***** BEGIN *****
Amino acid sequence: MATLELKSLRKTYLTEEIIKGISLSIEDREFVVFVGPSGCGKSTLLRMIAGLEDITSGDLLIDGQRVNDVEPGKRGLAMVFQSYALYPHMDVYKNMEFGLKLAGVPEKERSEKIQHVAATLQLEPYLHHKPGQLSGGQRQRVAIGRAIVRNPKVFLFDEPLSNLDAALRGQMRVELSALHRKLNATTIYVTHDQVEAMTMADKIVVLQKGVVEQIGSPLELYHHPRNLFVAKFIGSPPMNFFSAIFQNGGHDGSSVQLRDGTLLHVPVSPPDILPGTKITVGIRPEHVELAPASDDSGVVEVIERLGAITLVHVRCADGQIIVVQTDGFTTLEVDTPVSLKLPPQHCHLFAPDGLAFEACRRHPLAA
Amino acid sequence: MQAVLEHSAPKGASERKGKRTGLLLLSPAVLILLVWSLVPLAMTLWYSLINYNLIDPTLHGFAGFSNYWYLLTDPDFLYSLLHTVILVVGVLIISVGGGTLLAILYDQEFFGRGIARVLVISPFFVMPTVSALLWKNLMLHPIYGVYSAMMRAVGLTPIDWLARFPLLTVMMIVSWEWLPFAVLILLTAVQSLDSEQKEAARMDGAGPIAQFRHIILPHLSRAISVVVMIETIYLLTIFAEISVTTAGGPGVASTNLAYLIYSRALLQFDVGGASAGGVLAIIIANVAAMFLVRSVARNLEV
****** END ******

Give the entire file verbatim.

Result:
Amino acid sequence: MATLELKSLRKTYLTEEIIKGISLSIEDREFVVFVGPSGCGKSTLLRMIAGLEDITSGDLLIDGQRVNDVEPGKRGLAMVFQSYALYPHMDVYKNMEFGLKLAGVPEKERSEKIQHVAATLQLEPYLHHKPGQLSGGQRQRVAIGRAIVRNPKVFLFDEPLSNLDAALRGQMRVELSALHRKLNATTIYVTHDQVEAMTMADKIVVLQKGVVEQIGSPLELYHHPRNLFVAKFIGSPPMNFFSAIFQNGGHDGSSVQLRDGTLLHVPVSPPDILPGTKITVGIRPEHVELAPASDDSGVVEVIERLGAITLVHVRCADGQIIVVQTDGFTTLEVDTPVSLKLPPQHCHLFAPDGLAFEACRRHPLAA
Amino acid sequence: MQAVLEHSAPKGASERKGKRTGLLLLSPAVLILLVWSLVPLAMTLWYSLINYNLIDPTLHGFAGFSNYWYLLTDPDFLYSLLHTVILVVGVLIISVGGGTLLAILYDQEFFGRGIARVLVISPFFVMPTVSALLWKNLMLHPIYGVYSAMMRAVGLTPIDWLARFPLLTVMMIVSWEWLPFAVLILLTAVQSLDSEQKEAARMDGAGPIAQFRHIILPHLSRAISVVVMIETIYLLTIFAEISVTTAGGPGVASTNLAYLIYSRALLQFDVGGASAGGVLAIIIANVAAMFLVRSVARNLEV